I participated in a short interview on the show "The Source" with Ezra Levant.

Here is the clip.

Saturday, June 14, 2014

Watch French Jews say the memorial Kaddish for Canadian and U.S. D-Day soldiers in Normandy, June 8, 2014

(video courtesy Jean-Claude Prot, Mediaglobalcom)

While a giant grey Hercules C-130 military aircraft carried out a solo fly past overhead, more than 200 French Jews gathered Sunday June 8, 2014 at the Normandy American Cemetery for what organizers called  “a very emotional service” – the very first communal Kaddish recited in memory of the fallen Canadian and American Jewish servicemen from the Second World War who are buried nearby.

The ceremony took place in the same spot where two days earlier, world leaders including U.S. President Barrack Obama and French President Francois Hollande paid tribute to the 70th anniversary of the historic military sacrifices of June 6, 1944, which led to the liberation of Europe.

“When the Jewish Choir of France began singing, led by Cantor Raphael Cohen with that tenor voice…it was just something unbelievable,” said organizer Jean-Max Skenadji, who became inspired to arrange Sunday’s landmark Kaddish while on a private trip to Normandy last winter.

“I discovered Stars of David at the [Colleville-sur-Mer] cemetery and I was just taken by such a big emotion and felt very sorry because, since I was alone, I wasn’t able to say Kaddish for them [the soldiers], ” Skenadji recalled Tuesday, in a telephone interview from his office in Paris.  After checking the religious legality of staging such an event, Skenadji, a long-time promoter in France, launched the D-Day trip.

“What would have become of us without the disembarkation of the Allies in France in June 1944?” he told the crowd.

One by one, the visitors read out the names of the 149 Jewish American soldiers whose tombstones are shaped like Stars of David at the cemetery, just inland from the famous Omaha Beach. The crowd also read out the names of nearly 60 Jewish Canadian airmen and soldiers. Their graves lie further east along the Normandy coastline, in cemeteries including Beny-sur-Mer, and Bretteville-sur-Laize.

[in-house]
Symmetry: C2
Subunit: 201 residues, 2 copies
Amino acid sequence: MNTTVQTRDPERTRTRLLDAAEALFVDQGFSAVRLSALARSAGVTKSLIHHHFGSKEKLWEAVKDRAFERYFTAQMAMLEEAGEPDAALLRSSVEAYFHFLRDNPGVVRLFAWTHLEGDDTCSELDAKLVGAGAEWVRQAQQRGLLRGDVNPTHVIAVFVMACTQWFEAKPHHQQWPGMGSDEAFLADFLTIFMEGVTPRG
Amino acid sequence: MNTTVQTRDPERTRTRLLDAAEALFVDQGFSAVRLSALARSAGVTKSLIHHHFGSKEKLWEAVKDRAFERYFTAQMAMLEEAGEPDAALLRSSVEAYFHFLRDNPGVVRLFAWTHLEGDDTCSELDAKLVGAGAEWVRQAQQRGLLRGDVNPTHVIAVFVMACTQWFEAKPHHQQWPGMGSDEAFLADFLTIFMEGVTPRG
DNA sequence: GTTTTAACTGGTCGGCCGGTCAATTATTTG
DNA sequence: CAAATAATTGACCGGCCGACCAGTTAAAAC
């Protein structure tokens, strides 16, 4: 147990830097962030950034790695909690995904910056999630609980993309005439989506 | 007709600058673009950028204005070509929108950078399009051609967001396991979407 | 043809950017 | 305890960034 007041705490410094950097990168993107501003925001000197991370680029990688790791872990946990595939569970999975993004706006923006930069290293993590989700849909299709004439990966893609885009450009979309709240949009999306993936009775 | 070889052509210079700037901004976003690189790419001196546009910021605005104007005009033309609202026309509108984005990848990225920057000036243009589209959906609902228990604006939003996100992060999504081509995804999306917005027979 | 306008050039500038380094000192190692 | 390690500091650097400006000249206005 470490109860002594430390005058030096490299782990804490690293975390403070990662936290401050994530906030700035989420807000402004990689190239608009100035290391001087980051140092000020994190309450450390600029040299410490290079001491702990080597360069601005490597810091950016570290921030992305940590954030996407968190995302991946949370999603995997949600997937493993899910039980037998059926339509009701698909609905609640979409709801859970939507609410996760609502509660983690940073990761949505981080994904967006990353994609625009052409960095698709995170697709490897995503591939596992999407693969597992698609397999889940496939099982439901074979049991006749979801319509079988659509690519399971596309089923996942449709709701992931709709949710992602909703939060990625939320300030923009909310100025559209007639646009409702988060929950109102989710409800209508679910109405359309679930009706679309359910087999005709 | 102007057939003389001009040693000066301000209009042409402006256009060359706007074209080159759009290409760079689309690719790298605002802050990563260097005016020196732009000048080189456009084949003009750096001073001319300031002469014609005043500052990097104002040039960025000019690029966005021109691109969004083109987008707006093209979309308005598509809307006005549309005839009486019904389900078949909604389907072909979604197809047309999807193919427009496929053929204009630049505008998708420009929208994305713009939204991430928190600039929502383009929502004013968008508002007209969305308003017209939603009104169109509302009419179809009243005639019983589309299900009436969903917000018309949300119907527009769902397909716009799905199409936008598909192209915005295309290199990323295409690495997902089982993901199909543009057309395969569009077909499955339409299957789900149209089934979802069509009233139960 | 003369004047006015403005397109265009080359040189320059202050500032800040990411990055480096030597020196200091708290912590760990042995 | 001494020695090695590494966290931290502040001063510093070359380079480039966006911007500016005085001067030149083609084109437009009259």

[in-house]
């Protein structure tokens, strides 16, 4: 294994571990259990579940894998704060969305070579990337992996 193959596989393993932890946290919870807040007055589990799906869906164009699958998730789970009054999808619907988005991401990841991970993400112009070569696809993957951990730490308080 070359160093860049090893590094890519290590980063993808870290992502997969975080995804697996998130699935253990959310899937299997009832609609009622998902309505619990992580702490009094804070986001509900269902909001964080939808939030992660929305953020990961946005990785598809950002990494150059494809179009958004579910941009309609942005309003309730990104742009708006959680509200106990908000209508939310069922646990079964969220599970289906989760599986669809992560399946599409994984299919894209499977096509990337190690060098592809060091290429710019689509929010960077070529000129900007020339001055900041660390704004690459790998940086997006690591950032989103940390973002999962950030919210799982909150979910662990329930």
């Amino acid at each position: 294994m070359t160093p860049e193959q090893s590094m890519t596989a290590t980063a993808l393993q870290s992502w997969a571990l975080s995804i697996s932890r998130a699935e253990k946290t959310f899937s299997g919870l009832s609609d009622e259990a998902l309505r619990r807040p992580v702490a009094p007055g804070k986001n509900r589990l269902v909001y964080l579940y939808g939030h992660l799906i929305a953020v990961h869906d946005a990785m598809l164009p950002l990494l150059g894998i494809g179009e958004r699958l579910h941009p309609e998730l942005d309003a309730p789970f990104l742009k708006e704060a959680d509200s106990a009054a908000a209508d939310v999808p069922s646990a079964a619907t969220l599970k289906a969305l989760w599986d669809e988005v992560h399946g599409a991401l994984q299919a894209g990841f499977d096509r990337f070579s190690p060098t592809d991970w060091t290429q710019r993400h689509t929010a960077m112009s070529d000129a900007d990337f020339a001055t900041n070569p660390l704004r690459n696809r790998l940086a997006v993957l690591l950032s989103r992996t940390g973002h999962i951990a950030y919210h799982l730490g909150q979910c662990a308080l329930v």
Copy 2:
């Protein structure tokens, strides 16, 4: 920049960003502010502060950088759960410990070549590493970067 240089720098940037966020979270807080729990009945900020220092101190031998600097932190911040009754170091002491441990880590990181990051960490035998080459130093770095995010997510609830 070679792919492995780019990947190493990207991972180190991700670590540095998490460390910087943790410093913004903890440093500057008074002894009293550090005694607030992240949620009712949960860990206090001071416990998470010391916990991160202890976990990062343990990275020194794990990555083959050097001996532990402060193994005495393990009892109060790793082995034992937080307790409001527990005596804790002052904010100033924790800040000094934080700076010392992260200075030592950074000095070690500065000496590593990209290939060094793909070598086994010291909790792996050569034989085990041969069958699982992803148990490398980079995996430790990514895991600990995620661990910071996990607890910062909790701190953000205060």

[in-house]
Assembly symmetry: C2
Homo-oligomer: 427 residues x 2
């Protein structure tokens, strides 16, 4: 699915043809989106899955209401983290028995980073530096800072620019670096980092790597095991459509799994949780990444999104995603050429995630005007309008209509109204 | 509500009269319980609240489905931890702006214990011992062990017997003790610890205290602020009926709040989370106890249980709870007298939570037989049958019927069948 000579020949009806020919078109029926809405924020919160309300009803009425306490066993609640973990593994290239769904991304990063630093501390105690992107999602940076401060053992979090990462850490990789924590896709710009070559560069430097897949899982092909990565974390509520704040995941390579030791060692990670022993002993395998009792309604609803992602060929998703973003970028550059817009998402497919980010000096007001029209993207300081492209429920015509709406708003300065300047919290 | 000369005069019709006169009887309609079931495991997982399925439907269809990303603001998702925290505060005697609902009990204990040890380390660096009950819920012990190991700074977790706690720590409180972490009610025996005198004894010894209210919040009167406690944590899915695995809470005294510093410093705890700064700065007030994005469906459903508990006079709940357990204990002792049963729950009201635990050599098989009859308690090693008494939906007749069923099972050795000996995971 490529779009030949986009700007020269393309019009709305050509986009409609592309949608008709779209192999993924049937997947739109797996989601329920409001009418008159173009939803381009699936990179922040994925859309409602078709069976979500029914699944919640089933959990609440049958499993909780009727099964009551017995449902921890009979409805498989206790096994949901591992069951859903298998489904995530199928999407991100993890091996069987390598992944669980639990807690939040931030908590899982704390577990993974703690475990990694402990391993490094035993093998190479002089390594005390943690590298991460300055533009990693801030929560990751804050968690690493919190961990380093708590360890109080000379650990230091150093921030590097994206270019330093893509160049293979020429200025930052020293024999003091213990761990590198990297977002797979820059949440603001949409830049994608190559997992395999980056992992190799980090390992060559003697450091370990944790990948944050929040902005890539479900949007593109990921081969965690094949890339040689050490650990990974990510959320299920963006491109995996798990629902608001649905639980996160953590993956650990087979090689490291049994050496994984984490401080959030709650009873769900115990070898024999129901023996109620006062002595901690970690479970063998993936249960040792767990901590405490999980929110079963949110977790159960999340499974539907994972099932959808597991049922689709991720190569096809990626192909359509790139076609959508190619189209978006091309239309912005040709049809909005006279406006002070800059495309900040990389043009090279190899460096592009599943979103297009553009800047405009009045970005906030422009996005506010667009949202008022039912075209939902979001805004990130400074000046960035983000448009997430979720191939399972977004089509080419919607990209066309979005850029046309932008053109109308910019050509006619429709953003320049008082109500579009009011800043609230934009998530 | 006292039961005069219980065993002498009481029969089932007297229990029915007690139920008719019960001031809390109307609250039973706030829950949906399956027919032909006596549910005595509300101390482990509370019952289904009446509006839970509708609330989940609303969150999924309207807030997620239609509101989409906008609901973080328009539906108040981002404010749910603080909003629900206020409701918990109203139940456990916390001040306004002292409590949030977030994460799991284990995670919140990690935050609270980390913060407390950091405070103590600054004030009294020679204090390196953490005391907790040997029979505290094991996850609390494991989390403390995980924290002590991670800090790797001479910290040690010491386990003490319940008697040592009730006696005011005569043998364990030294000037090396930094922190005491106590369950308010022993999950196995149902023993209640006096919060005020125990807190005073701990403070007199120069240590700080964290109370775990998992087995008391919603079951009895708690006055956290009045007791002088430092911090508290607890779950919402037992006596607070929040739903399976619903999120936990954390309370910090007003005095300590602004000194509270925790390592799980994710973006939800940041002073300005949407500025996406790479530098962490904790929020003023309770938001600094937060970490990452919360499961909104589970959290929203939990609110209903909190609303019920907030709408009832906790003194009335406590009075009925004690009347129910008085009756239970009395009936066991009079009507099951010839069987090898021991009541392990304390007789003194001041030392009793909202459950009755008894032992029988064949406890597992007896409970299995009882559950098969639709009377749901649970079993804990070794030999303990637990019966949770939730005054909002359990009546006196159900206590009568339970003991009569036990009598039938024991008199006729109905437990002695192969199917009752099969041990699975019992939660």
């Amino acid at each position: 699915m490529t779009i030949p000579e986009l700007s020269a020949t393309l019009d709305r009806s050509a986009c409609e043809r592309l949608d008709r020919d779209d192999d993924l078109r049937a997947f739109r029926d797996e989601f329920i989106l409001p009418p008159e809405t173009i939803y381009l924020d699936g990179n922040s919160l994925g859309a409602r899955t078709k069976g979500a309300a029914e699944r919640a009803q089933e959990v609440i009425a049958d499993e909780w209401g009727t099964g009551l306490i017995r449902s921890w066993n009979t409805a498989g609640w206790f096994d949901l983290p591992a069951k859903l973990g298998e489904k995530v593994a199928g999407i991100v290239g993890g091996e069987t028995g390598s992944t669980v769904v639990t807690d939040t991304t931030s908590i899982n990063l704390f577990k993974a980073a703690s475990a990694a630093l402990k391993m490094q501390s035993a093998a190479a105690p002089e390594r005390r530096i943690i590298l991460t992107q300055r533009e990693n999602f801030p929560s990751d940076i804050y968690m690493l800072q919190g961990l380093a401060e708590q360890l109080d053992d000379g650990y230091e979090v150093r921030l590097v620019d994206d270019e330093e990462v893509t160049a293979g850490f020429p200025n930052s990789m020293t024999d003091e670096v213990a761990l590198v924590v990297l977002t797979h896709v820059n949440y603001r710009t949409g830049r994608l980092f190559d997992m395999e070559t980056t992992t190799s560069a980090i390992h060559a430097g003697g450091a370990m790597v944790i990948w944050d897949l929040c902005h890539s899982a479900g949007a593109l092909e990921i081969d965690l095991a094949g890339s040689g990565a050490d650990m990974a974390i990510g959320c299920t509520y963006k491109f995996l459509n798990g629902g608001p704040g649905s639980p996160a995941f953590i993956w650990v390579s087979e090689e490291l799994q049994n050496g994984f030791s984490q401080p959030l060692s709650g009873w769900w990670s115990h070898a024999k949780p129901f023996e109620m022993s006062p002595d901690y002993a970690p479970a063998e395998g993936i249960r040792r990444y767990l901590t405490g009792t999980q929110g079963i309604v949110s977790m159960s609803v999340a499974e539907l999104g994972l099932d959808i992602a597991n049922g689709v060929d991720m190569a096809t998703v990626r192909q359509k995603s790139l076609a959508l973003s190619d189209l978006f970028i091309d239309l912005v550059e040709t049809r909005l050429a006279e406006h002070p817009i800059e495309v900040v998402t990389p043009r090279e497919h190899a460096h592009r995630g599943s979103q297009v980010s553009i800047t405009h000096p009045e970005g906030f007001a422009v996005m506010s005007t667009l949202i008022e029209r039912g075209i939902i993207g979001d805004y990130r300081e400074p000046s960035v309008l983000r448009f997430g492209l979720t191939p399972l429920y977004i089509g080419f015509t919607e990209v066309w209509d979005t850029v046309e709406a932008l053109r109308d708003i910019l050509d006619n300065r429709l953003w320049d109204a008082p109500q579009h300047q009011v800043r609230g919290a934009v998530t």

The ceremony was “impressive, very solemn, and moving,” said Cantor Rabbi Raphael Cohen, a Paris-based clergyman, in an email after the ceremony.

During the 90-minute memorial, Cohen led the singing of the El Maale Rahamim prayer, plus Esa Einay, a funeral hymn, and the blessing for the State of Israel.

Cantor Rabbi Raphael Cohen and the Jewish Choir of France, courtesy Jean-Max Skenadji)

The crowd then recited the Kaddish aloud, led by Rabbi Moshe Lewin, the chief Jewish chaplain to France’s armed forces.

Rabbi Moshe Lewin
Isabelle Allard, local MLA, and Caen Mayor Joel Bruneau

Jean-Max Skenadji (right) with flag bearers (all photos courtesy Jean-Max Skenadji)
Among the other dignitaries on hand to pay respects were the mayor of Caen, Joel Bruneau, Isabelle Attard, a member of the French National Assembly from the Calvados region, Col. Yehudi Lahav, the military attaché at the Israeli embassy in Paris, and nine French war veterans who acted as flag bearers.

Local rabbis from the Deauville Chabad community inscribed the first few Hebrew letters in a fresh new Torah scroll they are dedicating to the memory of the Jewish servicemen and their wartime sacrifices.

(courtesy Jean-Max Skenadji)

While organizers were pleased that so many people turned out for the event, including many non-Jewish visitors to the American cemetery who stopped to watch, Skenadji remains disappointed that neither the U.S. nor Canadian embassies in France sent representatives, despite repeated invitations.

“They just couldn’t come back to Normandy in order to be present at another ceremony,” said Skenajdi, acknowledging how diplomatic staff may have been too busy from the official state ceremonies on Friday.  “But from my point of view, that’s no excuse.”

A spokesperson for the Canadian Embassy in Paris, Colonel Guy Maillet, did send his regrets, saying there was just no time left for either himself or the Canadian ambassador, Lawrence Cannon, to fit this Sunday commemoration into the busy D-Day calendar.

And in Ottawa, the Department of Foreign Affairs issued a brief statement, saying Canada was represented in Normandy “at the highest level” during the D-Day ceremonies, and repeated Canada’s position on the State of Israel.

“Canada has a strong and close relationship with Israel based on shared values, common interests, and strong political and social ties between our two countries,” said Beatrice Fenelon, a spokesperson for the department.

For his part, Skenadji is hoping for a different answer next year, when he plans to stage the  Kaddish service again in Normandy.

And for next time, Skenadji is planning to invite the families of the American and Canadian soldiers killed here, to make the trip to France.

Next May, 2015 will see the world mark another milestone: the 70th anniversary of the end of the war in Europe, or VE-Day.